By incorporating ESG metrics into executive compensation programs, companies can signal to shareholders and other stakeholders that they are committed to long-term sustainability and bettering the communities they serve, in addition to being committed to strong financial performance and shareholder returns. However, the “E,” the “S” and the “G” in ESG each cover a broad scope of metrics, ranging from safety and climate-related initiatives, to employee welfare and diversity, equity and inclusion (“DEI”) initiatives, to stakeholder engagement and board composition. While it may be tempting to tackle a wide variety of ESG-related issues through executive compensation metrics off the bat, companies would be best served by identifying a limited number of ESG metrics most closely related to the company’s unique strategy and long-term goals. For example, energy and utilities companies have a long history of focusing on environmental and employee safety issues, which are directly tied to that sector’s operations. Across all industries, companies that already incorporate ESG into their executive compensation programs tend to incorporate human capital management metrics (e.g., diversity and inclusion, talent development, and employee engagement) most frequently.

Identifying the “best fit” when it comes to ESG goals is no easy task—approximately half of respondents in a recent Willis Towers Watson study stated that target setting, identifying performance measures, and defining performance measures are the most challenging aspects of tying ESG to executive compensation3. Yet selecting goals that are not correlated with a company’s strategy and long-term goals can lead to reputational damage if a company is perceived as inauthentic in its ESG efforts. In addition, selecting too many ESG goals from the beginning can lead to a “foot fault” by the company, as resources are required for tracking and measuring progress for each selected metric. Companies should select a limited number of key goals that reflect special consideration of its own unique corporate profile and, where appropriate, careful engagement with key stakeholders, as opposed to selecting a broad array of goals that may look good on paper but may be extremely difficult to implement. In addition, companies should consider whether identified goals are measurable and achievable, as resources must be allocated towards tracking and measuring progress for each goal.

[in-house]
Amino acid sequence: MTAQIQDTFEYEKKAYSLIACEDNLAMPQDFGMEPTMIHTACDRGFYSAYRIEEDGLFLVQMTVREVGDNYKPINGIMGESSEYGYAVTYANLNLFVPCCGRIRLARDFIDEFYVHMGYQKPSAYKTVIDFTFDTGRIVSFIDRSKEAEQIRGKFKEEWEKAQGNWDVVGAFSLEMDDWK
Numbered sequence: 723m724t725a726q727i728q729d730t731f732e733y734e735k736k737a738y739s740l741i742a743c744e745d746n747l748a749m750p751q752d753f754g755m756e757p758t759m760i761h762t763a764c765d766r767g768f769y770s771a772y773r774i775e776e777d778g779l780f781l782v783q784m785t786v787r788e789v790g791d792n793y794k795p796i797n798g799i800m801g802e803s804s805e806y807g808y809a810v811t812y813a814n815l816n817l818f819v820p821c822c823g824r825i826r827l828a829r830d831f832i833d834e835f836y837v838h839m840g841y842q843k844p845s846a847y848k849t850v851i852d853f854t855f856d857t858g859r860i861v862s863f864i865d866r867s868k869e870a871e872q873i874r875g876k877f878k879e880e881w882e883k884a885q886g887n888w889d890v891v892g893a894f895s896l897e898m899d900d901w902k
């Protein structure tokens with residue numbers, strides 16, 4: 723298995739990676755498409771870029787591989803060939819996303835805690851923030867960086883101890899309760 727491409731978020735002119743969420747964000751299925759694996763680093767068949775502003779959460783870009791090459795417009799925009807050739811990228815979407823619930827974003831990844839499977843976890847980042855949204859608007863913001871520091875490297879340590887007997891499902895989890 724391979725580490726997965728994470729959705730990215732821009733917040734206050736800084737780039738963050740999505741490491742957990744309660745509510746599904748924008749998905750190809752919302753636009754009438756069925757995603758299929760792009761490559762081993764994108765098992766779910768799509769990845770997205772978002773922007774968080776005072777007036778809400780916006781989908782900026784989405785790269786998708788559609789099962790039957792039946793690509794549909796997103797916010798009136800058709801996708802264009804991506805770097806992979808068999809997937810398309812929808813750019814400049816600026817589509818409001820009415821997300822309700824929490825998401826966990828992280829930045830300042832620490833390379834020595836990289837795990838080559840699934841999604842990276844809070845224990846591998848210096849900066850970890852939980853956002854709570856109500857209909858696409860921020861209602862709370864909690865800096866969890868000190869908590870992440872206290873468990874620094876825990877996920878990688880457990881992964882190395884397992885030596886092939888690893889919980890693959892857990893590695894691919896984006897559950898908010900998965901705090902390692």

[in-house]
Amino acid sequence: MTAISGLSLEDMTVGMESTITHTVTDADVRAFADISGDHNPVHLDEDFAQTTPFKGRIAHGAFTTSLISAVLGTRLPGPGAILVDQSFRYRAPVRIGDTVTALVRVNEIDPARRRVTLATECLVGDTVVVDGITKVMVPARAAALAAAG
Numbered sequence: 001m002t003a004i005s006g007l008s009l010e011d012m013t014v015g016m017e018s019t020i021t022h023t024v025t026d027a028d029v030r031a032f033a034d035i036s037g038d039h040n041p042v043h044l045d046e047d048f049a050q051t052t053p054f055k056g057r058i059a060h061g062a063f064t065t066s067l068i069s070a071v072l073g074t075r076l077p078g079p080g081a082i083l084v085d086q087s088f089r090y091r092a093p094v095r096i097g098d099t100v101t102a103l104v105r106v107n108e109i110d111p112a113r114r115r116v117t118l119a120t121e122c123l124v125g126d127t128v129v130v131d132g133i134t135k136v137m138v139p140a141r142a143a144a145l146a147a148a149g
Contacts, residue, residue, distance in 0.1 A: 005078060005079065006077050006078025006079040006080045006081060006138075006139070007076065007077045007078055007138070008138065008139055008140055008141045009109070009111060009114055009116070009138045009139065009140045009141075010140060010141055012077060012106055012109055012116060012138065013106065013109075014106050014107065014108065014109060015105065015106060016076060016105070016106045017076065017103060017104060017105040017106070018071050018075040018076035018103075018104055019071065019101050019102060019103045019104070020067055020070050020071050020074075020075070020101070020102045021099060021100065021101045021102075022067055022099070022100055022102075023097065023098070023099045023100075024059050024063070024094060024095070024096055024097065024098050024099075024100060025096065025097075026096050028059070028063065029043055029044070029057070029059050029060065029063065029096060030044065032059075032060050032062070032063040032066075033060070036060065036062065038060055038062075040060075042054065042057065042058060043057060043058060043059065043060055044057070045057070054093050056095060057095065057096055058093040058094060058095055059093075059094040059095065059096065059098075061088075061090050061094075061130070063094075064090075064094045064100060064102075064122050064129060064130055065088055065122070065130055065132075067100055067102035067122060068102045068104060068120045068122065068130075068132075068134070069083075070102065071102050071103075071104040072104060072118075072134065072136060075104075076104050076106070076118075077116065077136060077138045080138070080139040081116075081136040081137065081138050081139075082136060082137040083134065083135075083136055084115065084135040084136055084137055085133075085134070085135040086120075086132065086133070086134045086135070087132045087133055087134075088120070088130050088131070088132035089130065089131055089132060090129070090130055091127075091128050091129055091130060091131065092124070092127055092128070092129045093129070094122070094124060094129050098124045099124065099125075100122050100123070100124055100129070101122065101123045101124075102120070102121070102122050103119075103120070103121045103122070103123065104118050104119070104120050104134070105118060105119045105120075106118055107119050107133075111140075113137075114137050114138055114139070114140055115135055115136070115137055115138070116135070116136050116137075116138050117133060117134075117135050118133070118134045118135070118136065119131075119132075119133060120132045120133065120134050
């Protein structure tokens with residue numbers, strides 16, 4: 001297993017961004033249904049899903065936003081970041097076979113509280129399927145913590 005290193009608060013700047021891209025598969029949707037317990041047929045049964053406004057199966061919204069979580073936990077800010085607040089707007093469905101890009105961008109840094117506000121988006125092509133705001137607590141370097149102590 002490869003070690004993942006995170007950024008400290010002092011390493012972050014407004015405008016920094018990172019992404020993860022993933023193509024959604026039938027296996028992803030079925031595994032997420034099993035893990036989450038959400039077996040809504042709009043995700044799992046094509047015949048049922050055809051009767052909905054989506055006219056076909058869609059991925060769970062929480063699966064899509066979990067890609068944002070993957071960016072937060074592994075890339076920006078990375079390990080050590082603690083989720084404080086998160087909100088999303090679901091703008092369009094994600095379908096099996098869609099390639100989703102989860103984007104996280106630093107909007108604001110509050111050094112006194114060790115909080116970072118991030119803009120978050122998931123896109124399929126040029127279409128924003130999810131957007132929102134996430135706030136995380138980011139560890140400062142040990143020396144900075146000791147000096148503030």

Step 2: The How—Decide Upon a Qualitative, Quantitative or Blended Approach